SINGAPORE - At least 5,000 Singaporean Sikhs paid homage to the founder of their religion, Guru Nanak, over the weekend on the occasion of his 550th birthday.
A replica of one of Sikhism's holiest sites, Gurdwara Janam Asthan, was paraded on a float which stopped at all seven Sikh temples in Singapore on Saturday (Nov 9) and Sunday. Large enough for followers to enter and worship, the float passed through heartland and tourist areas like Chinatown, Little India and Orchard Road.
Gurdwara Janam Asthan, in present-day Pakistan, sits on the site widely believed to be where Guru Nanak was born in 1469. It is one of the most revered shrines for Sikhs.
"Through the float, we want to allow Singaporean Sikhs who have not had the opportunity to visit Pakistan to have a glimpse of the holy site. We also want it to promote Guru Nanak's philosophy of universal brotherhood, where everyone is treated as equals without discrimination," said Mr Gurdip Singh Usma, adviser to the Central Sikh Gurdwara Board.
Mr Usma, who is also the chairman of the Sikh Welfare Council, said the community's inclusive approach allows the Sikh Welfare Council to reach out to more than 1,000 people, regardless of their religion, each year.
Deputy Prime Minister Heng Swee Keat, who was at the Central Sikh Temple in Towner Road for the festivities on Sunday, said the teachings of the guru has helped Sikhs in Singapore contribute greatly to the country in the past 150 years.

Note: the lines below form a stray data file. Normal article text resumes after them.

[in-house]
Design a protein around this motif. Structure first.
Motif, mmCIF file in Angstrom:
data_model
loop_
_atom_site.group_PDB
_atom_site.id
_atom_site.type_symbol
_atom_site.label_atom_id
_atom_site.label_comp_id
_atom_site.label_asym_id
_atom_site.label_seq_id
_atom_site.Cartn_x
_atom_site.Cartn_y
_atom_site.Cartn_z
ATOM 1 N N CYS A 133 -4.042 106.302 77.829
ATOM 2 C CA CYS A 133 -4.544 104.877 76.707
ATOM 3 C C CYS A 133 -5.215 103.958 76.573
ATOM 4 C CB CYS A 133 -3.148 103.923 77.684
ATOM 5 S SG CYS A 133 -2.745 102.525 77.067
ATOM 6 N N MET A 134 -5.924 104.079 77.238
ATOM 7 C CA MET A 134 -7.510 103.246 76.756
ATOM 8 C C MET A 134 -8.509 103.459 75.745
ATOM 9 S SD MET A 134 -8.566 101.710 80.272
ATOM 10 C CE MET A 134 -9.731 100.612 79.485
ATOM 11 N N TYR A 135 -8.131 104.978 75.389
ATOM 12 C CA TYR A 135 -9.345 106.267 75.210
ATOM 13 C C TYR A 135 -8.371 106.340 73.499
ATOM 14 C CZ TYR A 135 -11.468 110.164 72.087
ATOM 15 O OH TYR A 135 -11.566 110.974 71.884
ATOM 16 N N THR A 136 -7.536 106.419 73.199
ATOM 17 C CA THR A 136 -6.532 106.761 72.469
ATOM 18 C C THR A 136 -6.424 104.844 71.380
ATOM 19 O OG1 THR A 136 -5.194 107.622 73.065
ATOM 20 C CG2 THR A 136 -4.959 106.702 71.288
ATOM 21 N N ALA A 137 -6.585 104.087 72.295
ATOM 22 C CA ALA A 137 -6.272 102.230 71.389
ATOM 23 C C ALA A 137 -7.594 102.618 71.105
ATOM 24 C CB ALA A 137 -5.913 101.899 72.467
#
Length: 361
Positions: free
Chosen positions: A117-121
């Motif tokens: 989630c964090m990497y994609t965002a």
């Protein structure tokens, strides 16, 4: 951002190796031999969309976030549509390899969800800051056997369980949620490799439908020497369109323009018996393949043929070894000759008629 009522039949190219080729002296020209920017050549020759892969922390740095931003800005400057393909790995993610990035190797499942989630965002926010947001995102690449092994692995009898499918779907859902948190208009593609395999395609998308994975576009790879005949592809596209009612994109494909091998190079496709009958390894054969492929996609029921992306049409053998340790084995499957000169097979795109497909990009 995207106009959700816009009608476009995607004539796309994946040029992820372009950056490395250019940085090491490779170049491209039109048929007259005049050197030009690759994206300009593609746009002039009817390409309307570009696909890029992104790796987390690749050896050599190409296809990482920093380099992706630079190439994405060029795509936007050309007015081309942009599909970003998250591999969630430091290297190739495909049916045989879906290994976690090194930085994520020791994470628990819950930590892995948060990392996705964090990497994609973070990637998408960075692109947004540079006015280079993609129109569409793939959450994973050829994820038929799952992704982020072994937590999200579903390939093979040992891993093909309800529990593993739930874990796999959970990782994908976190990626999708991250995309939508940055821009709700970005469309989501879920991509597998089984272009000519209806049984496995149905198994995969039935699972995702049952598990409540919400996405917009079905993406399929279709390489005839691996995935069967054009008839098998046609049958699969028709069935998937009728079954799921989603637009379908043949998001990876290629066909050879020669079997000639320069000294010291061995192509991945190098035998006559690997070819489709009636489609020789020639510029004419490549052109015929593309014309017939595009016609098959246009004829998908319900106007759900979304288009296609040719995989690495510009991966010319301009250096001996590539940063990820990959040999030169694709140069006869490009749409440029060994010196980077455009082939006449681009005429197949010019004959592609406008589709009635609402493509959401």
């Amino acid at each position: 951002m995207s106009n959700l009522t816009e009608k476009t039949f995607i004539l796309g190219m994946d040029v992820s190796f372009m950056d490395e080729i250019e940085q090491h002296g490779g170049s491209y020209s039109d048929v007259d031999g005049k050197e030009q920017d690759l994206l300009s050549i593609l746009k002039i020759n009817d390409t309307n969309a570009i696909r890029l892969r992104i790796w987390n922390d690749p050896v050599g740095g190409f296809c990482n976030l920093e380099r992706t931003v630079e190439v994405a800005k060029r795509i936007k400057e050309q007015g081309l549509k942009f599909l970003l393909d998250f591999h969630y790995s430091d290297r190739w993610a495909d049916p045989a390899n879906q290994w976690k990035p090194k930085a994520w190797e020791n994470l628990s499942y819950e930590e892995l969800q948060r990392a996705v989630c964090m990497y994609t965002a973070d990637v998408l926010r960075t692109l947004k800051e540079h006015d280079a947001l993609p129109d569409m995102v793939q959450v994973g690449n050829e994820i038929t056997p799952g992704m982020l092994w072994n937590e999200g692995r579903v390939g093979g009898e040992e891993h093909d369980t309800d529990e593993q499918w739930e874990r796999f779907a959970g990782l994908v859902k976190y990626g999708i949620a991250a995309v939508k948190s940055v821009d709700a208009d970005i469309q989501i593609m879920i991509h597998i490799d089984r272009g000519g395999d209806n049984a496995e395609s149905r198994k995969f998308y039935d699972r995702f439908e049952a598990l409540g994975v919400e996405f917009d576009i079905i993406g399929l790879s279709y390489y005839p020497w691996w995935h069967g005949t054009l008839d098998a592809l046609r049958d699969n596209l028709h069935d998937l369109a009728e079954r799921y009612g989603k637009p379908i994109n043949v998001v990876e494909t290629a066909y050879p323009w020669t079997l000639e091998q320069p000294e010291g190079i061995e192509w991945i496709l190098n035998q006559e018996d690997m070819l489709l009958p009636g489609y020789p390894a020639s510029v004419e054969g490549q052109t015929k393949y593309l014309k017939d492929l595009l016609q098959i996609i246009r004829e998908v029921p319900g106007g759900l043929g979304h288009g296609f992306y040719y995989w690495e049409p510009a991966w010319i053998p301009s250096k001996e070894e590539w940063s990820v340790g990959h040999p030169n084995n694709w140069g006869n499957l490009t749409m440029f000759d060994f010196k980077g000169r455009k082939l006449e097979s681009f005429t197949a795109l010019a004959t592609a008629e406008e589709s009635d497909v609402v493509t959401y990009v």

"Guided by the teachings of Guru Nanak, and your core beliefs of hard work and selfless service... I am confident that the Sikh community and Singapore will continue to do well for many years to come," Mr Heng said.
Citing examples of Sikhs excelling in areas from medicine to sports, the minister also noted that Sikhs had progressed with Singapore, with quite a number among them distinguishing themselves in their chosen professions.
Notables included the late Justice Choor Singh, who was a judge of the Supreme Court, and Mr Jarmal Singh, who captained Singapore's national rugby team when it was awarded Team of the Year in 1978.
In his speech, Mr Heng said he was impressed with the key role the Sikh community has played in promoting racial and religious harmony, noting the Young Sikh Association's unorthodox approach to an Instagram influencer's controversial remarks in September.
They invited Ms Sheena Phua to the Central Sikh Temple after she posted controversial remarks about two men wearing turbans being "huge obstructions", introducing her to Sikh religion and culture.
"Through this, you turned a potentially divisive incident into an opportunity to deepen mutual understanding and respect. Your thoughtful actions are commendable," said Mr Heng.
The first Sikhs, noted Mr Usma, were brought to Singapore by the British as police personnel in the late 19th century. "Today, we are integrated and present in every aspect of Singapore life," he said.
"As a minority in a minority, we firmly believe in the need for fair and open systems. These conditions are what has helped us excel in and contribute to Singapore over the years," Mr Usma added.